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Date of Award
College of Arts & Sciences
The suprachiasmatic nucleus (SCN), the master circadian pacemaker in mammals, is located in the hypothalamus. SCN neurons must synchronize their circadian rhythms to coordinate daily rhythms in physiology and behavior. Vasoactive intestinal polypeptide (VIP) is a candidate synchronizing factor implicated in the maintenance of circadian rhythms and entrainment to external cues. SCN neurons release VIP in a circadian manner and both VIP and its cognate receptor, vasoactive intestinal polypeptide receptor 2 (VPAC2R), are necessary to maintain synchrony among SCN neurons. We found that daily VIP application to organotypic SCN slices entrains Period2 expression with a phase response curve that accurately predicts the time and rate of entrainment. Based on previous reports of diurnal variation in Vipr2 mRNA levels, we hypothesized that the time-dependent differential response to VIP was due to changes in VPAC2R expression. We, therefore, sought to characterize the spatiotemporal expression of VPAC2R protein in the brain. We immunolabeled coronal sections of C57BL/6 mice brains with a new antibody specific to VPAC2R and observed low VPAC2R expression throughout the brain and high expression in the SCN. VPAC2R was detected throughout the rostral to caudal extent of the SCN with higher intensity staining in the dorsal regions. VPAC2R was primarily expressed on the cell body and dendrites of neurons and colocalized with a variety of cell types, including arginine vasopressin and VIP neurons, in the SCN. The receptor abundance and regional localization in the SCN did not change, however, with time of day in a 12 hour-12 hour light-dark cycle or in constant darkness. These results suggest that VPAC2R is broadly expressed among SCN neurons throughout the day so that it is well positioned to mediate circadian synchrony among SCN neurons.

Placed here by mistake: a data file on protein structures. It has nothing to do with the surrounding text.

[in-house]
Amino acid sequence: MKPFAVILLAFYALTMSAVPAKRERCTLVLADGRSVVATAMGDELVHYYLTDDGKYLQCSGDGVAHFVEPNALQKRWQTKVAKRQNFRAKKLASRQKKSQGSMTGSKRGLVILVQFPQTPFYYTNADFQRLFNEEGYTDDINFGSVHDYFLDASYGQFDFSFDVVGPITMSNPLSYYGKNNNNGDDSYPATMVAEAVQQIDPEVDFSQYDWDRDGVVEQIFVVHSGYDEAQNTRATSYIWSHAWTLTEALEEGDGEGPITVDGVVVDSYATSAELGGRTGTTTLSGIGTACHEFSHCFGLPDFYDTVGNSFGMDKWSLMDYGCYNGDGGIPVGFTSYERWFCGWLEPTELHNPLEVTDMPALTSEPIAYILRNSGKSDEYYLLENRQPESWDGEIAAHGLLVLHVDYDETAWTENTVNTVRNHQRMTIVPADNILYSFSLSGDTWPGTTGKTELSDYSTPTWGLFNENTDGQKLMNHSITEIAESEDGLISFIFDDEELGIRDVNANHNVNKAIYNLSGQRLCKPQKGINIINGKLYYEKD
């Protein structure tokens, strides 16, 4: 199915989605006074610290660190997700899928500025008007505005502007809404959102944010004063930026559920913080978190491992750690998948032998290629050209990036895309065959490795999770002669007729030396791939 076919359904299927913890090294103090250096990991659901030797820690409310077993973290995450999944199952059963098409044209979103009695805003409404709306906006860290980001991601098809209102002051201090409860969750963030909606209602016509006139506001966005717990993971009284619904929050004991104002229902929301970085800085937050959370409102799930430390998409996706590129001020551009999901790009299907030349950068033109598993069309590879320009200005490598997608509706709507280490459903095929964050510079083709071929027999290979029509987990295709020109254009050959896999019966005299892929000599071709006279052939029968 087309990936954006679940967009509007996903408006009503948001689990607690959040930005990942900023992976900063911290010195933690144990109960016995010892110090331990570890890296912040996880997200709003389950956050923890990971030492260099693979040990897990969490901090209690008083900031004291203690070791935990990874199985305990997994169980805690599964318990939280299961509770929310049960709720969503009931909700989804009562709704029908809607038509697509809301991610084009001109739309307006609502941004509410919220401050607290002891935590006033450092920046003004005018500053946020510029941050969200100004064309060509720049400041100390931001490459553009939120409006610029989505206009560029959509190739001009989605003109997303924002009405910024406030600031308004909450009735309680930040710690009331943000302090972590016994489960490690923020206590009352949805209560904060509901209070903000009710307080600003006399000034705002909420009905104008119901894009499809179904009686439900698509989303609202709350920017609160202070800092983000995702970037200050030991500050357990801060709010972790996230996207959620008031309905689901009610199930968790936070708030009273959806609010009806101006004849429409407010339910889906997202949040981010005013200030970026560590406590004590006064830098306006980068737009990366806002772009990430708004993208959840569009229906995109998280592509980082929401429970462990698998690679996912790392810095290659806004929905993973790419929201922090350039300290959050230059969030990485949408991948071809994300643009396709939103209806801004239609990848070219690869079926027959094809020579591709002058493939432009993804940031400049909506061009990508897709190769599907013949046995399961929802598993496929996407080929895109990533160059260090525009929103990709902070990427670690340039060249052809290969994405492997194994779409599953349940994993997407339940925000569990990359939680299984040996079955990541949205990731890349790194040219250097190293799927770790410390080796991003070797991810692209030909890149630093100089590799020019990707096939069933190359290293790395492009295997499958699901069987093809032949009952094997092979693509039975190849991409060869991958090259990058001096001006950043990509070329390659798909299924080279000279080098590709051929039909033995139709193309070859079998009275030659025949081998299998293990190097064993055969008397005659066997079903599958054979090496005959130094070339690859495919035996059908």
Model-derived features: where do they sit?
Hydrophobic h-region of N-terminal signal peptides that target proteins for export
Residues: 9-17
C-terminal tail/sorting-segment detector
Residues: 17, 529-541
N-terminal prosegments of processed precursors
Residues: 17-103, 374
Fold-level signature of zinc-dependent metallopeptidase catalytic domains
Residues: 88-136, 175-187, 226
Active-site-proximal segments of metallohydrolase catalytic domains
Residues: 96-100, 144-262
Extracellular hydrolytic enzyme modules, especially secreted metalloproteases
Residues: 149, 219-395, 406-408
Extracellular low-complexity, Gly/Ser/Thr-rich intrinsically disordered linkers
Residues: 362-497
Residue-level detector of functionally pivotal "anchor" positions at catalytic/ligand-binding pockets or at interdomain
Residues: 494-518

Tsai, Connie, "Spatiotemporal distribution of the VIP receptor, VPAC2R, in the suprachiasmatic nucleus" (2011). Undergraduate Theses—Restricted. 3.